Stop blaming the economy for your troubles, says 'Turnaround King' Grant Cardone. Here's what you should do instead.
"Turnaround King" Grant Cardone
"It's the economy, stupid." This motto famously hung on the wall at campaign headquarters when Bill Clinton ran for president in 1992. While that dictum may seem even truer today, worrying about the economy--or blaming it for poor performance--is a dead end for today's business owners. That's the word from Grant Cardone (@GrantCardone on Twitter), star of the reality show Turnaround King, and author of Sell or Be Sold.
Small businesses can thrive in today's challenging economy, but not if they adopt the knee-jerk responses of cutting costs, lowering prices, and hanging on until times get better. Instead, he says, a completely new approach is needed:
1. Accept that this is the new normal.
Don't batten down the hatches and wait for the predicted turnaround to arrive. "I think this is the new norm," Cardone says. "This is not a bad economy, it's the economy, and what you make of it is what you're going to get out of it. We're not going back to the days of free money. Adjust to that way of thinking and you'll be better prepared."
Rather than lamenting the bad economy, Cardone recommends an all-hands meeting to discuss what you and your employees can do to create your own economy. "At my company it's not just an executive meeting, it's down to the receptionist," he says.
2. Focus on revenue, not cost.
In an economy like this one, "Revenue is God," Cardone says. "You have to have a top line. It's one of the problems with the U.S. government--not enough top line."
Most companies during economic contraction focus on cutting costs he says. "They spend all their time and energy on expenses." For a company to thrive, he advises, 95% of its time and attention should be on increasing revenue.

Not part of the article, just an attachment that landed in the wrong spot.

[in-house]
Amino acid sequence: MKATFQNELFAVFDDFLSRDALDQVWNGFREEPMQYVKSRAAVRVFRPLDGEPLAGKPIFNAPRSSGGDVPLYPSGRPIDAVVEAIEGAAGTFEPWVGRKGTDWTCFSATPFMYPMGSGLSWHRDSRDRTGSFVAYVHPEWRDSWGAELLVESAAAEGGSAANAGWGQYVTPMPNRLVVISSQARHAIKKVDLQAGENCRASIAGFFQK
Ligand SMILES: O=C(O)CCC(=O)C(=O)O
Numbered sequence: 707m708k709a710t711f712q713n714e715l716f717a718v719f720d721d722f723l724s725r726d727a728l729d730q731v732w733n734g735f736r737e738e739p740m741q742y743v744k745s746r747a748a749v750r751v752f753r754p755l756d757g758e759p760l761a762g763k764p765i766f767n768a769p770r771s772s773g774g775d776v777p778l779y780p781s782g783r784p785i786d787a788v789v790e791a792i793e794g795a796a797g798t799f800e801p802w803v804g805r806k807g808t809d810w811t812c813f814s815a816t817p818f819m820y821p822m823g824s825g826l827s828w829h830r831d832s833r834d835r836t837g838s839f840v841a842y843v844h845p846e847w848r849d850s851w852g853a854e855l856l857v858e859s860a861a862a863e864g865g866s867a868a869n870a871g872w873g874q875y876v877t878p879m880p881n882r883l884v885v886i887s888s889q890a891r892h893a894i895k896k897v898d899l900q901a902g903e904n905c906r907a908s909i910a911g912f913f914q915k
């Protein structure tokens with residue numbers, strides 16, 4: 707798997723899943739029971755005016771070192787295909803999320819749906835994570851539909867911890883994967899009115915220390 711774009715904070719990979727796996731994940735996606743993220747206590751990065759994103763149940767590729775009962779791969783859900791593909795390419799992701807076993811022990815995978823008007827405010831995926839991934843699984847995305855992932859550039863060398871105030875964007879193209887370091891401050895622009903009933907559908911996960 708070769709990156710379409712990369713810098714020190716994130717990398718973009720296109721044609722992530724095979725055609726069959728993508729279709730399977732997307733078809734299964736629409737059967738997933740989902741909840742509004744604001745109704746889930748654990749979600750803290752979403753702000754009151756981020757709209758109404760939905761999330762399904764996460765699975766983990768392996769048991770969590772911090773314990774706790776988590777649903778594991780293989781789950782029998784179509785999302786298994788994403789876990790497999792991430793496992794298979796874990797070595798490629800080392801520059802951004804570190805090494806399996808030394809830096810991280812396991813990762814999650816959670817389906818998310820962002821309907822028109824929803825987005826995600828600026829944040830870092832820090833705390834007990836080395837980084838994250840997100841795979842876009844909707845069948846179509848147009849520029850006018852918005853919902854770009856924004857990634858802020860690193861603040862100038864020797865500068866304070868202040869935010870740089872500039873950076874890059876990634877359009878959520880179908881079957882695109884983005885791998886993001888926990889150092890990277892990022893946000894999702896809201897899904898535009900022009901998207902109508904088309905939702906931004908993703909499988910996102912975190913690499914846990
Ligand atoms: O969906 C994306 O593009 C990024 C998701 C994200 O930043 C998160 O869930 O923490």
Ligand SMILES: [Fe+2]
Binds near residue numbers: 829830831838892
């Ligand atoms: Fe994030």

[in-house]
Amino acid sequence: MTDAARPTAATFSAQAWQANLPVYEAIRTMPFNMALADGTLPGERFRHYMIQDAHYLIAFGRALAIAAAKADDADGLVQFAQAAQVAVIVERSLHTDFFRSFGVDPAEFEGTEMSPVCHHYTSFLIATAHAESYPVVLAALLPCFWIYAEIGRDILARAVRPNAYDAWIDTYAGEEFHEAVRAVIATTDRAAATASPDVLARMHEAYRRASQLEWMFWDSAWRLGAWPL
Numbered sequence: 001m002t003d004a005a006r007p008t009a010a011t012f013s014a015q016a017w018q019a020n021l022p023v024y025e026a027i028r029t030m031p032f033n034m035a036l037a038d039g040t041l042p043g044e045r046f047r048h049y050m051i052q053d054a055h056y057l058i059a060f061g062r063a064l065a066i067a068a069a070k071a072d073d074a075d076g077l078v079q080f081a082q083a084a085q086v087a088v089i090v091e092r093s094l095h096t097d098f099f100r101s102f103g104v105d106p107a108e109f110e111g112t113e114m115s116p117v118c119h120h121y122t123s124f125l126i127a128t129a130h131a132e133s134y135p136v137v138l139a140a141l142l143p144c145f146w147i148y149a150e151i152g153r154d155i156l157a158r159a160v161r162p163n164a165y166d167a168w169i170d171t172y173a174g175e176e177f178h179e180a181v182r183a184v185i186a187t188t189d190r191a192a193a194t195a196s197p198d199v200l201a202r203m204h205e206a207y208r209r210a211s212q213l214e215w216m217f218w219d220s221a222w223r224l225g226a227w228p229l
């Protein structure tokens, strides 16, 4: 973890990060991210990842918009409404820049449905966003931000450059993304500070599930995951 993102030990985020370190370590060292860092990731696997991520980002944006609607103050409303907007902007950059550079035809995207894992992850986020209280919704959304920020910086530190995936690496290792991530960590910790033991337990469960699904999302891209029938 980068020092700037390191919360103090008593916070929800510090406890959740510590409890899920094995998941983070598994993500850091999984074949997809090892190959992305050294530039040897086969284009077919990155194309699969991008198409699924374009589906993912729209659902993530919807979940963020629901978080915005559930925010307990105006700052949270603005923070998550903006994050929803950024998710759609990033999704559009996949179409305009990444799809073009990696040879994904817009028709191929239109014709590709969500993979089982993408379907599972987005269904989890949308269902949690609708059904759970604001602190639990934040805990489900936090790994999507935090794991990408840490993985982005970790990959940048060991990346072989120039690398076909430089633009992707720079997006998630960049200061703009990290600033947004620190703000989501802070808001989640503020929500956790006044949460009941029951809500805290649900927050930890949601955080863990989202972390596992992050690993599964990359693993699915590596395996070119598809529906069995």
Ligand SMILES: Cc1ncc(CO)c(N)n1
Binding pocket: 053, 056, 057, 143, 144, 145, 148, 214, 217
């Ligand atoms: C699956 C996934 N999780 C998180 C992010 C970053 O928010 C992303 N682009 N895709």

3. Raise (yes, raise!) prices.
Though this may sound like financial suicide during economic hard times, Cardone insists that raising prices--and not offering discounts--is the best way to survive. "Everyone thinks people are more price sensitive during difficult times," he says. "It's not true. People focus on value, not price. They still spend money, but that money gravitates toward the best value not the lowest price. Price and value are not related--they're not even cousins." Besides he says, remember the second point: You need revenue. During an economic downturn, your volume of sales is likely to decline--so don't make matters worse by lowering prices at the same time.
"There's only one lowest-cost provider in any market, and it's a precarious place to be," he says. On the other hand, raising prices forces a company to do a better job of providing value--and explaining to customers what that value is. "Most companies don't take the time to sell the value-add proposition in their products," he says. "A price increase really forces employees and management to answer the question, 'What is our value in the marketplace?'"
Lest you're still skeptical, Cardone says this strategy has worked with many companies he advises. "I work with the most profitable Honda dealership in the world," he says. Car sales are notoriously price sensitive but this store competes by offering better service and giving buyers confidence--with very low turnover, they can count on finding the same sales reps and service people year after year. Not only is it the most profitable Honda dealership but the volume is consistently high as well, he says.
"The big challenge with any company is certainty," he adds. "Everyone in the company has to have complete certainty about the company's value, its pricing, and why it is what it is. Starting from a higher price forces the rest of your hand. It means you have to recognize that we win this game by scoring touchdowns--not by playing defense."